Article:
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Fan sues over NFL conduct policy, says he has a right to swear

Minnesota Vikings v San Diego Chargers

SAN DIEGO, CA - SEPTEMBER 11: Fans hold up flags on the anniversary of 9/11 prior to the start of the game between the Minnesota Vikings and the San Diego Chargers at Qualcomm Stadium on September 11, 2011 in San Diego, California. The Chargers defeated the Vikings 24-17. (Photo by Jeff Gross/Getty Images)

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Last year we passed along word of a legal challenge to the NFL’s conduct policy for fans. Now the fan challenging that policy is coming forward to press his case and say he shouldn’t have been kicked out of a stadium for dropping an F-bomb is filing a lawsuit over it.

Eric Holguin, an off-duty Los Angeles police officer who attended the Cardinals-Chargers game in October of 2010 and wore Cardinals colors at Qualcomm Stadium, said that he was kicked out of the stadium after saying “F--- you” to two Chargers fans who challenged him to a fight. Security personnel removed him from the stadium for the obscenity, and now he’s filing a lawsuit.

A fan has a right to say '[expletive] you’ in public. It’s a public place,” Holguin’s attorney, Mary Frances Prevost, told 10 News in San Diego.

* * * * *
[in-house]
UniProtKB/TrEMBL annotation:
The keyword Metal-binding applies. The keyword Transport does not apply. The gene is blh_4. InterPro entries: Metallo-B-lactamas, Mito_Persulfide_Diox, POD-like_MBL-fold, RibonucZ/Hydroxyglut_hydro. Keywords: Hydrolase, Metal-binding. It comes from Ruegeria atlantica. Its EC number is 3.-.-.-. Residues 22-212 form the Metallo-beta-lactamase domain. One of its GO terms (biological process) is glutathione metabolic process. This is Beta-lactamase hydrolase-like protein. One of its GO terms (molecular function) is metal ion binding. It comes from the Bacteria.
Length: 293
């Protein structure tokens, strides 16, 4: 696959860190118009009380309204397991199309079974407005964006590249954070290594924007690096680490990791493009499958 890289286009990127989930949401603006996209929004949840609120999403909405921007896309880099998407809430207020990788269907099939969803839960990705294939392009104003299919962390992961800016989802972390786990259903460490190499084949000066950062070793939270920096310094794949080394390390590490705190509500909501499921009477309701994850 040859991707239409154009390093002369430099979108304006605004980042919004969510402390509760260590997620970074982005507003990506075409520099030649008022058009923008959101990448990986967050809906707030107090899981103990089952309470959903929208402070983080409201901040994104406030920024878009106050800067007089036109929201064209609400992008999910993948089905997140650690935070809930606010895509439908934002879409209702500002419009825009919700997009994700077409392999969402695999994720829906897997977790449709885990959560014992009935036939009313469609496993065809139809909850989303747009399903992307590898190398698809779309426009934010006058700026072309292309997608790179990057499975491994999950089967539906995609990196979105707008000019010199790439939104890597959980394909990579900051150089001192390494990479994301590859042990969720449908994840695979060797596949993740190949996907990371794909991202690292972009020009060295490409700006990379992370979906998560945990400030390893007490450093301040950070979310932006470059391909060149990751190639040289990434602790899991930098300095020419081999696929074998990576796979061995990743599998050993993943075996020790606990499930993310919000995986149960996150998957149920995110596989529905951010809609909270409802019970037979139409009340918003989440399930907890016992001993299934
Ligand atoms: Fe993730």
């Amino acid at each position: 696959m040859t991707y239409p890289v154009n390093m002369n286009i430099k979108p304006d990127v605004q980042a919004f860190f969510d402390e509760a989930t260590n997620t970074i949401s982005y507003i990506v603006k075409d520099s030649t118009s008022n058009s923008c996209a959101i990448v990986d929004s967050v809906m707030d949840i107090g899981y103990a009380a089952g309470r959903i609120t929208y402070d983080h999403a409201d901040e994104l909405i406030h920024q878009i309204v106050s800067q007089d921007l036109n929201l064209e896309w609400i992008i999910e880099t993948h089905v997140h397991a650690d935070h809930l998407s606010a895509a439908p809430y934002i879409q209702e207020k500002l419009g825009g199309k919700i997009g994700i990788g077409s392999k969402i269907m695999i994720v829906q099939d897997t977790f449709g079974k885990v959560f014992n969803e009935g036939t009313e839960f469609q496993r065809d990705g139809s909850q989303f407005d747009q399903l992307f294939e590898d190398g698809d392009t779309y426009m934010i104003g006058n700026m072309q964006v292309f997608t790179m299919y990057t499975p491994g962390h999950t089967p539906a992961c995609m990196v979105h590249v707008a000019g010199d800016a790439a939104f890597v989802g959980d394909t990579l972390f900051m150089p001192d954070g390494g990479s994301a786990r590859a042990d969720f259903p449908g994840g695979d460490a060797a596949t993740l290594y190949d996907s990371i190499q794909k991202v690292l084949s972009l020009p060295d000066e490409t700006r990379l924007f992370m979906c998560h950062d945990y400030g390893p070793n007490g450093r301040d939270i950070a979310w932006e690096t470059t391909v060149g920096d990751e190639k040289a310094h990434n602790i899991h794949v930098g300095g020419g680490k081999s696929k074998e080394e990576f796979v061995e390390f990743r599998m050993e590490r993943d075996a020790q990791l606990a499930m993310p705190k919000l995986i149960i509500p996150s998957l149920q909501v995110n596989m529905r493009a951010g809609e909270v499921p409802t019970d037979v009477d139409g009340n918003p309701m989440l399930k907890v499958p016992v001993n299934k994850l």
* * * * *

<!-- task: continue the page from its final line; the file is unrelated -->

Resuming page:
Holguin’s lawsuit seeks an injunction asking the city of San Diego to stop enforcing rules for fan behavior at Petco Park and Qualcomm stadium, including the NFL’s Fan Code of Conduct, which ban obscene and offensive language.

The San Diego City Attorney’s Office, however, has said that it’s concerned that profane arguments can escalate into violence, and that families will be less likely to go to games if they believe they’re going to be subjected to profanity. The Chargers also issued a statement supporting the NFL Code of Conduct.

“The NFL’s Code of Conduct has helped make fans further aware that their behavior has an impact on others, and ultimately has helped curtail the number of incidents league-wide,” the Chargers’ statement said. “The NFL Code of Conduct has been and will continue to be a strong asset to our efforts.”

That is, it will continue if Holguin’s lawsuit is unsuccessful.